Holiday Brunch

by Linda McMullen

“So have you met someone?”

The chorus at every family holiday. Mom and Dad, arm in arm in front of the fireplace, Mom spotting a dust mote on the TV and Dad bellowing about his fishing trophy; Uncle Nate taking umbrage at any implication that he’s double- dipped his Ruffles in my mother’s Hidden Valley Ranch Dip; Aunt Sharon pretending she hasn’t downed three at the bar before arriving; Uncle Marcus leering at every woman under thirty who appears on the television; Aunt Nicole lecturing us on the evils of non-organic poultry consumption; Grandma stabbing her embroidery with unwonted vigor; assorted cousins tending their squalling broods – they all lean in when Grandpa poses this question.

I’m thirty-seven. I’m working on a PhD. I’ve traveled to over four different countries this year. I closed on my first condo. I go out with friends regularly, I’m taking Zumba classes, and I’m in a book club. Why doesn’t that check the ‘full life’ box?

They’re still leaning.

Cousin Jeremy’s here too, but he’s hiding in the guest room re-reading The Simarillion. He’s my favorite.

“I’m finishing my coursework in the spring,” I say.

“Jen-ni-fer, you can’t put it off forever,” Grandpa chants, wagging a finger. The feral version of me would bite it off. I arch an eyebrow. My grandmother pointedly ignores him. And me.

“I went with a two-bedroom condo so I could have an office,” I add.

“You know,” said Aunt Sharon, “there’s a nice man in my office – Keith – divorced, with one young son – he’s a champion angler –”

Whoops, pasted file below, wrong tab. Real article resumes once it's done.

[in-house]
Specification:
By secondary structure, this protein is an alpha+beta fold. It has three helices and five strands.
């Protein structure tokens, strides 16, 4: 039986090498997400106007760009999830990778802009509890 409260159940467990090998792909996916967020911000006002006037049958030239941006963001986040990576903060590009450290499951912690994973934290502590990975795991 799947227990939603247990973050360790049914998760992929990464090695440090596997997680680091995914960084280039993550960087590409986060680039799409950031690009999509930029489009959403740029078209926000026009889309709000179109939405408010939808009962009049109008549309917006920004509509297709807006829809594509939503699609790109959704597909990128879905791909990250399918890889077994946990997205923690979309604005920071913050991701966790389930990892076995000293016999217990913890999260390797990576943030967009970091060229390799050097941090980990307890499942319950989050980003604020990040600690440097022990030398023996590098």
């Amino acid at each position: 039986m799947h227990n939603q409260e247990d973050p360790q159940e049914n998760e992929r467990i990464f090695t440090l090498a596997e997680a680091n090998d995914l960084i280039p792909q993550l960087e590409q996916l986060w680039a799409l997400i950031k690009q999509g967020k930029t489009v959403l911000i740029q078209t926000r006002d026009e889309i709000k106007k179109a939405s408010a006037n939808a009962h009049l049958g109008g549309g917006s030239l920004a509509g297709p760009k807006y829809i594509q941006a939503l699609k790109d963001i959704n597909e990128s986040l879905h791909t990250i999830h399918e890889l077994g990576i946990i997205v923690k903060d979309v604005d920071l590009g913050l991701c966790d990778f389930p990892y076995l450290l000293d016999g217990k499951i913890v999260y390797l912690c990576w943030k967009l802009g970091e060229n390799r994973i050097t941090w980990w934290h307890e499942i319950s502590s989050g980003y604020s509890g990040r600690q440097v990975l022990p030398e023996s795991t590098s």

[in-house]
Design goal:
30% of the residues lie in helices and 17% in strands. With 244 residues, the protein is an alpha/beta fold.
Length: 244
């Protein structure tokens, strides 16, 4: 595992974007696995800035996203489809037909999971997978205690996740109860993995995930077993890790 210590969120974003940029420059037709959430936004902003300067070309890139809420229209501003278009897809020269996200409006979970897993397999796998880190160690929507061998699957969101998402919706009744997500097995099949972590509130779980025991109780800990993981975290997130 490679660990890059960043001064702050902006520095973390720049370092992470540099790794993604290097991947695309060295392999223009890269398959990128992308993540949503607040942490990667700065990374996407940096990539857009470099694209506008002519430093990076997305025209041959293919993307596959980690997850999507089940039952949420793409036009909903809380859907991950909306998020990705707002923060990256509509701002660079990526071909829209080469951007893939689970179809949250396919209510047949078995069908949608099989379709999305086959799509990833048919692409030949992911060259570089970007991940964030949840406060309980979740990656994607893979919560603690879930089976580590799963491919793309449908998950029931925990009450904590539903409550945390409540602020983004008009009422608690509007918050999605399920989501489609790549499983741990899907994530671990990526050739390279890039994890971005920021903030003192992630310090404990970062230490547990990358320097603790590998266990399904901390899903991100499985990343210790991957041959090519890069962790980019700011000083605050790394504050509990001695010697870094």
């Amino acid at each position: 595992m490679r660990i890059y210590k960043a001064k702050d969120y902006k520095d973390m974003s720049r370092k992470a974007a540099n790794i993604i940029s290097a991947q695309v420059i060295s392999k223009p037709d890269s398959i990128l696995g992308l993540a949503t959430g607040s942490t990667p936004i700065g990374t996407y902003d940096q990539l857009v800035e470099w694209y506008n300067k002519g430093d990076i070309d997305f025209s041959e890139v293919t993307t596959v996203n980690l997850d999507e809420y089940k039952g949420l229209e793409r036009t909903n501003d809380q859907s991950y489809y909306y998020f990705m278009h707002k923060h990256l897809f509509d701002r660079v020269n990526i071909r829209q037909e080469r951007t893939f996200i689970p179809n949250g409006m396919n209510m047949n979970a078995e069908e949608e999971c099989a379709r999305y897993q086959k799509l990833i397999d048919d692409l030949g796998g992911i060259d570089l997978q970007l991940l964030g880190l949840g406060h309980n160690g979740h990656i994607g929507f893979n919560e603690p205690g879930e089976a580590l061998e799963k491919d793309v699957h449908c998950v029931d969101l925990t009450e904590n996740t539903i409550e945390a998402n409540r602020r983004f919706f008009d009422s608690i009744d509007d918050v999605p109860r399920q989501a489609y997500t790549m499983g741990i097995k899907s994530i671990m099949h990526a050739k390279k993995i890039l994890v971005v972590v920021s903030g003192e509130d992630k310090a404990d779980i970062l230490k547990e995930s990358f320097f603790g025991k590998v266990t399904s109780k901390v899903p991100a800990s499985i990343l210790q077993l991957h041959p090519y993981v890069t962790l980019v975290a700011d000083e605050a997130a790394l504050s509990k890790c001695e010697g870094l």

“No thanks,” I say, breezily. She lurches toward the wine; I pluck a water bottle from the cooler and hand it to her. She frowns. I reach for a napkin to wipe my dripping hand and jostle Uncle Nate and his bitten chip. “Hey, let me go get a spoon for you,” I say. I feel Uncle Marcus’s eyes on my rear.

In the kitchen, I run into my mother.

“They mean well.”

“Do they?”

Dad says, “You know, that Keith sounds great –”

“He’d probably be a wonderful fishing buddy for you, Dad,” I say, grabbing a spoon. “Maybe you should get his number.” Dad glares. Aunt Nicole interrupts:

“I’ve got this new vegan life coach – single –”


“You haven’t even heard –”

“I’ve heard plenty!” I snap. The entire family gapes. My stomach rumbles.

I turn away from the chips and dip, the cheese-and-tomato mini-skewers on toothpicks, and my extended family. I head to the guest room, where Jeremy’s about to delve back into the Second Age. “Hey. You wanna blow this popsicle stand and go get Chinese?” He glances down at his page. Wavers. “We’ll just stop by my condo to pick up my book first,” I clarify. “I’m reading Cheryl Strayed’s Wild.”

“Yes,” he says, placing his whole soul behind that single word.

“Great,” I reply, and he follows me to the living room. We retrieve our coats. “Thanks, everyone, see you. Enjoy the holiday.”